Three months later the mound was checked and had reached the stage that the contents could be sieved to remove lumps and any remaining recognisable material such as wood. Very  few growing weed roots  had survived the process and these where easily remover by hand.  

  • Covered Weed mound

  • Mound ready to sieve to remove dried grass, wood etc

Bagging perennial weeds

An effective variation involving light exclusion is recommend by Alys Fowler

(  writing in the Guardian

The weeds are bagged using biodegradable bin bags and stored for two to three years.  The bags are covered with black plastic to exclude light and air and allowed to degrade. By the time the bags have degraded rich compost should be produced. One of the advantages of using biodegradable bags is that as the bags degraded worms gain access to the material assisting the composting process. Again the finished compost should be checked to ensure rots have not survived.

 Garden Organic suggests a quicker method using plastic bags but it is only suitable for use during the summer when the lawns are mowed regularly. This involves mixing the weeds with fresh grass mowings in a plastic sack or bag e.g.  an old compost bag. The bag containing the weed/grass mixture is tied up and left in a sunny spot until the weeds are no longer recognisable. Some suggest the weeds will be sufficient decomposed to add to the compost bin but I would recommend leaving it a month or two. Take care when emptying the bags as the contents may best be described as slimy. 


Drowning is one of the quickest ways of dealing with perennial weeds and it has the advantage of producing a compost activator that can be added to the compost bin or used as a liquid plant food.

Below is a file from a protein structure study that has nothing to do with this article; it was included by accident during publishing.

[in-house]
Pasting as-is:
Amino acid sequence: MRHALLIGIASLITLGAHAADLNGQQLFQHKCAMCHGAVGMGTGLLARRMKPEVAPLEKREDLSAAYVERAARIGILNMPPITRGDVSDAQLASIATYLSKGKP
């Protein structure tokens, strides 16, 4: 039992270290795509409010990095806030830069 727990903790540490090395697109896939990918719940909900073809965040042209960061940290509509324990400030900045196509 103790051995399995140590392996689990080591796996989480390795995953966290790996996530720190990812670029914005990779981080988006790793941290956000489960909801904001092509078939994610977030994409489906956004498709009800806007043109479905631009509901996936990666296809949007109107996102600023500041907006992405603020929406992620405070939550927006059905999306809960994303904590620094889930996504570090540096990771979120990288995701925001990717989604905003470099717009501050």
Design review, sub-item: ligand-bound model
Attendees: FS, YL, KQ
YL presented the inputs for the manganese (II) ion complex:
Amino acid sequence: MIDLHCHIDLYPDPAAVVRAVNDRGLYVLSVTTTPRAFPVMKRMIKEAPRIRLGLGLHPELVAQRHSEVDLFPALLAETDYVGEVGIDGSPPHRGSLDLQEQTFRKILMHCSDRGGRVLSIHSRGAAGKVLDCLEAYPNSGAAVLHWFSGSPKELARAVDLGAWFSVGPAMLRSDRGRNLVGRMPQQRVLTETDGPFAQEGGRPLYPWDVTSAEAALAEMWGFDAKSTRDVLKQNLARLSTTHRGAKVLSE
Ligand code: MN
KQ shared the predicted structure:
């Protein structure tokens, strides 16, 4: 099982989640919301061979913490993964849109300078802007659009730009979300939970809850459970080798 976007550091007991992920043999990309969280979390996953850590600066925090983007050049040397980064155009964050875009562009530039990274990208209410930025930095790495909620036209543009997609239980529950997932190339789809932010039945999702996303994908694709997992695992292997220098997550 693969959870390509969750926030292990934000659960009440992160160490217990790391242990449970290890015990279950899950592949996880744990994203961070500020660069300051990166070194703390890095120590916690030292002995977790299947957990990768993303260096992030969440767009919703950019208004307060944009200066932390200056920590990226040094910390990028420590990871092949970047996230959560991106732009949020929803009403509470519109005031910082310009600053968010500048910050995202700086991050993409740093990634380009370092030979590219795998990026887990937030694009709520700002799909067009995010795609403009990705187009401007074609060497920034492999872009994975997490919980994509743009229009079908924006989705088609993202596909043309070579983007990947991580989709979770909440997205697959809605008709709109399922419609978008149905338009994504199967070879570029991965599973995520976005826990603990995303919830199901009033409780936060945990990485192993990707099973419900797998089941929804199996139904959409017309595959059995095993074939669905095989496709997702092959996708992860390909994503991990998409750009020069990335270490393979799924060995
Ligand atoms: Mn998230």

The perennial weeds are put into a lidded bucket, old Bokashi bin or water butt depending on the quantity involved and weighed down with a brick or stone. The weeds are covered with water, the lid put in place to exclude light and the soup left for between four weeks and a year or more. The time will depend on the type of plant material. When all of the plant material has broken down.. The  contents of the bucket can be added to the compost bin (My favoured approach) or the liquid is then strained off to be used  diluted as a plant food (see  Plant Liquid Feeds) and the sludge  added to the compost bin. 


This method requires a hot sunny summer to work most effectively.  Spread the perennial weeds, or their roots, on a dry flat surface such as a concrete paving slab in full sun or as we do put them in a rack.  To be on the safe side, if there are not too many of them,  I like to smash and flatten the roots with a club hammer to assist the drying process.  Once smashed they can be left on the concrete slab, moved to dry on a wooden cover on the top of the compost bin if a new Zealand or pallet bin is being used or dried on a rack made of discarded plastic bread crates (see photo).  After two or three weeks in hot sunny weather the roots will be sufficiently  baked to be  safely added to the compost bin. If damp or cool   the drying  time should be extended. 

We have used a rack made of  bakers trays (illustrated)   for a number of years on our demonstration site. During the winter we are often presented with plants with roots attached and will dry them over the winter on the rack covered by a builders bag which keeps them dry and the area looking tidy





  • Weed Drying rack

  • Drying rack with perennial roots

  • Rack fitted with a builders bag cover